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Ballplayer: manager should stop calling plays

When politicians say dumb things, sometimes it's hard to tell whether they're dumb, or whether they realize the statements are dumb but think we're so stupid that we won't notice how dumb they are. Case in point: New Jersey Governor Jim McGreevey, showing he doesn't quite grasp the concept of religion:

Gov. James E. McGreevey said he is a "devout Catholic" and will continue to practice his faith, but church leaders are wrong to tell him and other politicians not to support abortion rights.

Church opinions like the one issued Friday by the Vatican force American Catholics to chose between obeying their religion and practicing politics, McGreevey said.

"I do not accept that false choice," he told reporters.

Many children have trouble with making choices, also. They think they can watch television and go to the movies. Get a new CD and get the new video game. Support abortion and belong to a religion which opposes abortion. Have their cake, and eat it, too.

Whether McGreevey "accepts" the choice or not, it exists. Church leaders, of course, cannot force McGreevey or other American Catholics to obey them. They have no police power. What they do have is the power to decide what makes a good Catholic, and to deny that label to those who don't live up to the appropriate standards. I may not agree with the Church on the substance of many of its views. I may not agree with some of the rules of my own religion. But I don't pretend that I can pick and choose which ones I feel like adhering to and still claim to be observant.

There may be some religions -- Unitarians, for instance -- where there really aren't any rules. If McGreevey wants to become one of those, he can do what he wants. But he can't claim to be Catholic -- a hierarchical religion -- and then ignore the dictates of the hierarchy. Church leaders are not "wrong" to tell him what to do; that's their job.

And from the "world's smallest violin" segment of the story:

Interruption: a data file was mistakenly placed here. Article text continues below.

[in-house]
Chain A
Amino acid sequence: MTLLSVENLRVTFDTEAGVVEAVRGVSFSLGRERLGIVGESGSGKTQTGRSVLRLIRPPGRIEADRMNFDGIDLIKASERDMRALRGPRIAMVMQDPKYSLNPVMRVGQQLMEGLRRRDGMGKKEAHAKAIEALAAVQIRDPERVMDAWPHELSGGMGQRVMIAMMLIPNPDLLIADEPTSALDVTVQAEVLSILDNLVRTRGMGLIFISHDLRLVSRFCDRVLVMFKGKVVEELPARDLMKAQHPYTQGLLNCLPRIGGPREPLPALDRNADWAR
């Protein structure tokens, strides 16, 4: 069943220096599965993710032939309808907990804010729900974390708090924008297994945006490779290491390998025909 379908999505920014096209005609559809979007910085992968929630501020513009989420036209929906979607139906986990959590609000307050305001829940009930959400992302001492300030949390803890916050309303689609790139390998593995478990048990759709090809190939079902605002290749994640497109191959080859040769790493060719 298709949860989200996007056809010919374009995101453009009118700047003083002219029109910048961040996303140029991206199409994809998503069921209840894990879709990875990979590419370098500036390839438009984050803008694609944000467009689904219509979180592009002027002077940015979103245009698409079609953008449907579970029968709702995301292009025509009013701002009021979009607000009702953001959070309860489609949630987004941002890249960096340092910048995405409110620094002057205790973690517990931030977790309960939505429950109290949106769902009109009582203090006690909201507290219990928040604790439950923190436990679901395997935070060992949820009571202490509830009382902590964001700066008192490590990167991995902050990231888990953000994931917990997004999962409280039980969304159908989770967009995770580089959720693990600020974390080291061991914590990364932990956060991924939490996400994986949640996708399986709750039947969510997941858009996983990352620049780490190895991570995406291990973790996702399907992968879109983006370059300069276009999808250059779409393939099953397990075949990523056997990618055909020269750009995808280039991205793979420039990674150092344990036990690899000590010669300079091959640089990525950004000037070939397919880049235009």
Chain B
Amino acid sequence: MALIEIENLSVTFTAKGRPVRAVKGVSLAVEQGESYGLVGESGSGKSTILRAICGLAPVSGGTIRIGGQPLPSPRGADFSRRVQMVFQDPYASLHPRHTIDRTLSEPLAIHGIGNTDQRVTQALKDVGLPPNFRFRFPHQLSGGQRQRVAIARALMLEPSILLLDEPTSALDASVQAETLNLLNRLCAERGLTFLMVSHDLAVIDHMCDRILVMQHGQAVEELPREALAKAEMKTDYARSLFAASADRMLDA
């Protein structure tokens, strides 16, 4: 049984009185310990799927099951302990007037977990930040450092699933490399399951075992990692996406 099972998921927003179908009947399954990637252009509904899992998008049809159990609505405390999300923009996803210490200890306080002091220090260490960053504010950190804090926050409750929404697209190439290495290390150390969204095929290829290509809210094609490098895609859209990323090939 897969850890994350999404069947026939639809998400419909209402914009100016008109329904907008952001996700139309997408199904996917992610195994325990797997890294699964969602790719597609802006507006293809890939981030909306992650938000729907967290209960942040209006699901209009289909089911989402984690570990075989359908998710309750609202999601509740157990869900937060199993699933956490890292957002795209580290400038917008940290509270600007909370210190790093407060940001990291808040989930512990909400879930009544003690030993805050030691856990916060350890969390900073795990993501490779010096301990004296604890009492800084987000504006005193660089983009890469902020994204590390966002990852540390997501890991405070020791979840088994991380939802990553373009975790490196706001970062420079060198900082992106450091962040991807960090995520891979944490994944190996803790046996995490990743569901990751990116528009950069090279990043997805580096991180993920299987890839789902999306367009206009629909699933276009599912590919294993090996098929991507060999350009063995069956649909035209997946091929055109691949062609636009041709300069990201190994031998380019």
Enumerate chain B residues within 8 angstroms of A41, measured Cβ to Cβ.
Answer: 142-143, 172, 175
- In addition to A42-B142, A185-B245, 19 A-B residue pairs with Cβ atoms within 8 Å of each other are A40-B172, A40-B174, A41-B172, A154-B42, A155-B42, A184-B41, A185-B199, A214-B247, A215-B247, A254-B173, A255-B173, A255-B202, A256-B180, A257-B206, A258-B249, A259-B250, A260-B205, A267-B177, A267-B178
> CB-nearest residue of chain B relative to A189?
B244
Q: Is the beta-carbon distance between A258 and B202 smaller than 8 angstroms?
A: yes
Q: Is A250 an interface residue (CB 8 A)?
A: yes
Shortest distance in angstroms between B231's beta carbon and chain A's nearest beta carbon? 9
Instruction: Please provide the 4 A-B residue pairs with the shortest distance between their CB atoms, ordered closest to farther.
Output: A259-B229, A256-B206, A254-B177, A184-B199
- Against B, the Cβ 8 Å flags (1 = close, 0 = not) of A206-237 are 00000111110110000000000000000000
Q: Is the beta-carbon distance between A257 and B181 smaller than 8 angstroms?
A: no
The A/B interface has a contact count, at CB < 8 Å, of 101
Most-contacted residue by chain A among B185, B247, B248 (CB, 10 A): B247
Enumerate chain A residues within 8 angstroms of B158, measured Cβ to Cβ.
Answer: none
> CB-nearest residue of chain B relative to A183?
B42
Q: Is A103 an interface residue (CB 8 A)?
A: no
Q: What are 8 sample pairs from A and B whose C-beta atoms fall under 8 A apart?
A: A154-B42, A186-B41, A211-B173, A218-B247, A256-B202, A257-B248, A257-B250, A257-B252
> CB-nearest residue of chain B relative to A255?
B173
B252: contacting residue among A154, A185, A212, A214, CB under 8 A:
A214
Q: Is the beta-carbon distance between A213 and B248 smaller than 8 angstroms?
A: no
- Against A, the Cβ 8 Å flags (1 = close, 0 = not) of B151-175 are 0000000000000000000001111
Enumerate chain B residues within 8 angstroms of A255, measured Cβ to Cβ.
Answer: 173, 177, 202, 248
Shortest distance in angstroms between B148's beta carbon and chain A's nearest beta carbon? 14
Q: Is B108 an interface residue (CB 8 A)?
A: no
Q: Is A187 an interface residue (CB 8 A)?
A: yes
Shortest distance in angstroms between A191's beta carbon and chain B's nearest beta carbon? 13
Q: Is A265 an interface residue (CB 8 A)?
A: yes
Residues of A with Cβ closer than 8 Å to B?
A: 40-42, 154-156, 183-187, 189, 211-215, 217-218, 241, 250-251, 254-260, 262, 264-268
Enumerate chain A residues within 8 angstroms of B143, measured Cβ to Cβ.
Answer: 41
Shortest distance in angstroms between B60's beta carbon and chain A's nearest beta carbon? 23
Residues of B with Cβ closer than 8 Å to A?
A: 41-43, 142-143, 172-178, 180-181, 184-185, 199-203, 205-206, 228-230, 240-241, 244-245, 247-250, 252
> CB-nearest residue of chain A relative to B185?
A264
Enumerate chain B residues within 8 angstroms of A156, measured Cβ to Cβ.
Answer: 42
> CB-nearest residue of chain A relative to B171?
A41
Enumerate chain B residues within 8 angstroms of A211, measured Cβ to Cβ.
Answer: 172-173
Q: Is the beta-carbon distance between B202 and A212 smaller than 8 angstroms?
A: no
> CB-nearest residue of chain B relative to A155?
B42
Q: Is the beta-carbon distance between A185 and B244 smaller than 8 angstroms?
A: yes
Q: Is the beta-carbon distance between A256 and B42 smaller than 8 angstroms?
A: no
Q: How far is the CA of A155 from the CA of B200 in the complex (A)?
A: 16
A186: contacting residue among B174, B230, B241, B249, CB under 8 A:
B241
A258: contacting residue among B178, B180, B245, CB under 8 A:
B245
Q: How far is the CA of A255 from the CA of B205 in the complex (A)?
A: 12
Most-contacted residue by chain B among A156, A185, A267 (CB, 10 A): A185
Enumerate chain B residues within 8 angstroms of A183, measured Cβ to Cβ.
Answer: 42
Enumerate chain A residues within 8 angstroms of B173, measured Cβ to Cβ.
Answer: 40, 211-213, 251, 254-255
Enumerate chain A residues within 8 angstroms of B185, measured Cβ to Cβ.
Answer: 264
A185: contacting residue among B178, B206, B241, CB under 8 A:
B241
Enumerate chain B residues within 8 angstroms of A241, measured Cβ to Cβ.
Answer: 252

A recent speech by Bishop John M. Smith, head of the Diocese of Trenton, said McGreevey's politics indicate he "is not a devout Catholic."

"When he refers to himself as a devout Catholic and supports legislation and programs that are contrary to the teachings of the Holy Father and the bishops, he is not a devout Catholic," Smith said. "He cannot compromise what it means to be a Catholic. I speak, as your bishop, for the devout Catholics of the Diocese of Trenton. Jim McGreevey does not."

McGreevey on Friday said those remarks hurt him and his family.

Awww. Poor baby.


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Comments (2)

Bob Feller:

Then again, the Catholic Cardinals could show some real theological consistency and ask ALL Catholics who support abortion rights to stop taking Communion ... and to direct priests to deny the Sacriment to all who are known to support those rights.

In fact, the Church could go one step further, and require each and every Catholic to make a positive declaration against the sin of abortion before being eligible to receive any sacriment. Certainly, absolution for sin should not be granted to someone so rooted in moral opposition to the decree of the Pontiff.

And since the Pope has also spoken out strongly against the Death Penalty, for consistency sake the Cardinals should also be calling for the withholding of Communion from all politicians who support the Death Penalty, as well.


Bob, you ought to try reading the Catholic Church's Catechism before you expose your ignorance about the Church's teaching. The death penalty is permitted in rare cases. Abortion, on the other hand, is considered the unjust killing of innocents. The earliest condemnations of abortion date to the 2d century or so. In the 4th century we have a record of St. Ambrose denying communion to an Emperor who ordered a massacre. What the New Jersey bishops are doing is nothing new. If you publicly declare yourself opposed to the Church and take public steps to promote sinful behavior, then you're expressing a desire to be apart from the Church. Shit or get off the pot already!


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